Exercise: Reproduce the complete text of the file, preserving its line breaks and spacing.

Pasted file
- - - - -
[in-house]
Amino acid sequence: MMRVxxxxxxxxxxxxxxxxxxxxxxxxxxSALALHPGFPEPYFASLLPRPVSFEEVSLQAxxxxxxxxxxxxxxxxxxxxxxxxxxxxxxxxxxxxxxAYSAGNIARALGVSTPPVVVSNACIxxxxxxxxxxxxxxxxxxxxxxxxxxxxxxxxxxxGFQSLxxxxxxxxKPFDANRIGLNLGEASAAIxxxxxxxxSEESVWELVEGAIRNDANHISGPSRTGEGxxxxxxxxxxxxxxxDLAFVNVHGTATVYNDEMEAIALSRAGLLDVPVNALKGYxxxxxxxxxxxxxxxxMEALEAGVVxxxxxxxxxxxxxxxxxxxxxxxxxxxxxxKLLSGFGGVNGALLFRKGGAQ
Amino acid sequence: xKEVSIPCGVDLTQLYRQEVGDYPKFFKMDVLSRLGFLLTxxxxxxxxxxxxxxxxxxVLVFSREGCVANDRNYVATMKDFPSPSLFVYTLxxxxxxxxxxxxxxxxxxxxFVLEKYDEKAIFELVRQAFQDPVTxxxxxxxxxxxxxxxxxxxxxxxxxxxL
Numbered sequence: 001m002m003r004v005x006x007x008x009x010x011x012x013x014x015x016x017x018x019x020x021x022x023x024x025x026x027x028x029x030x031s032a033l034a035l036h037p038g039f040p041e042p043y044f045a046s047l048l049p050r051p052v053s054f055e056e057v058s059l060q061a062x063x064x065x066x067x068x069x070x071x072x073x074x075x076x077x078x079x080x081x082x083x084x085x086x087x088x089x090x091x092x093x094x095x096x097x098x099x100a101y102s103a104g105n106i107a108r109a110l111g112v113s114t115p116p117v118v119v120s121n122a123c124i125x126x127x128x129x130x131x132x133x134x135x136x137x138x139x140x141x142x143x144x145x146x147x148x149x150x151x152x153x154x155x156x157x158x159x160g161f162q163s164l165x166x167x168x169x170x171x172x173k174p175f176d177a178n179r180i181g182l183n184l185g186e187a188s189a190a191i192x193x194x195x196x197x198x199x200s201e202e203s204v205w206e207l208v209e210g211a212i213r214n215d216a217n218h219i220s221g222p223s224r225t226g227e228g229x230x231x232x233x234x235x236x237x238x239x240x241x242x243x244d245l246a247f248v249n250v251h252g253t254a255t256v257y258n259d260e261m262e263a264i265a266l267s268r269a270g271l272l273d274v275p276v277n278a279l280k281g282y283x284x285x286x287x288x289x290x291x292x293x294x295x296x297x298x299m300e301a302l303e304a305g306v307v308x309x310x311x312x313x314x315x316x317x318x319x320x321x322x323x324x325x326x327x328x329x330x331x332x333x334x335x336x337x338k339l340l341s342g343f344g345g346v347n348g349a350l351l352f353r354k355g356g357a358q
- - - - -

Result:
[in-house]
Amino acid sequence: MMRVxxxxxxxxxxxxxxxxxxxxxxxxxxSALALHPGFPEPYFASLLPRPVSFEEVSLQAxxxxxxxxxxxxxxxxxxxxxxxxxxxxxxxxxxxxxxAYSAGNIARALGVSTPPVVVSNACIxxxxxxxxxxxxxxxxxxxxxxxxxxxxxxxxxxxGFQSLxxxxxxxxKPFDANRIGLNLGEASAAIxxxxxxxxSEESVWELVEGAIRNDANHISGPSRTGEGxxxxxxxxxxxxxxxDLAFVNVHGTATVYNDEMEAIALSRAGLLDVPVNALKGYxxxxxxxxxxxxxxxxMEALEAGVVxxxxxxxxxxxxxxxxxxxxxxxxxxxxxxKLLSGFGGVNGALLFRKGGAQ
Amino acid sequence: xKEVSIPCGVDLTQLYRQEVGDYPKFFKMDVLSRLGFLLTxxxxxxxxxxxxxxxxxxVLVFSREGCVANDRNYVATMKDFPSPSLFVYTLxxxxxxxxxxxxxxxxxxxxFVLEKYDEKAIFELVRQAFQDPVTxxxxxxxxxxxxxxxxxxxxxxxxxxxL
Numbered sequence: 001m002m003r004v005x006x007x008x009x010x011x012x013x014x015x016x017x018x019x020x021x022x023x024x025x026x027x028x029x030x031s032a033l034a035l036h037p038g039f040p041e042p043y044f045a046s047l048l049p050r051p052v053s054f055e056e057v058s059l060q061a062x063x064x065x066x067x068x069x070x071x072x073x074x075x076x077x078x079x080x081x082x083x084x085x086x087x088x089x090x091x092x093x094x095x096x097x098x099x100a101y102s103a104g105n106i107a108r109a110l111g112v113s114t115p116p117v118v119v120s121n122a123c124i125x126x127x128x129x130x131x132x133x134x135x136x137x138x139x140x141x142x143x144x145x146x147x148x149x150x151x152x153x154x155x156x157x158x159x160g161f162q163s164l165x166x167x168x169x170x171x172x173k174p175f176d177a178n179r180i181g182l183n184l185g186e187a188s189a190a191i192x193x194x195x196x197x198x199x200s201e202e203s204v205w206e207l208v209e210g211a212i213r214n215d216a217n218h219i220s221g222p223s224r225t226g227e228g229x230x231x232x233x234x235x236x237x238x239x240x241x242x243x244d245l246a247f248v249n250v251h252g253t254a255t256v257y258n259d260e261m262e263a264i265a266l267s268r269a270g271l272l273d274v275p276v277n278a279l280k281g282y283x284x285x286x287x288x289x290x291x292x293x294x295x296x297x298x299m300e301a302l303e304a305g306v307v308x309x310x311x312x313x314x315x316x317x318x319x320x321x322x323x324x325x326x327x328x329x330x331x332x333x334x335x336x337x338k339l340l341s342g343f344g345g346v347n348g349a350l351l352f353r354k355g356g357a358q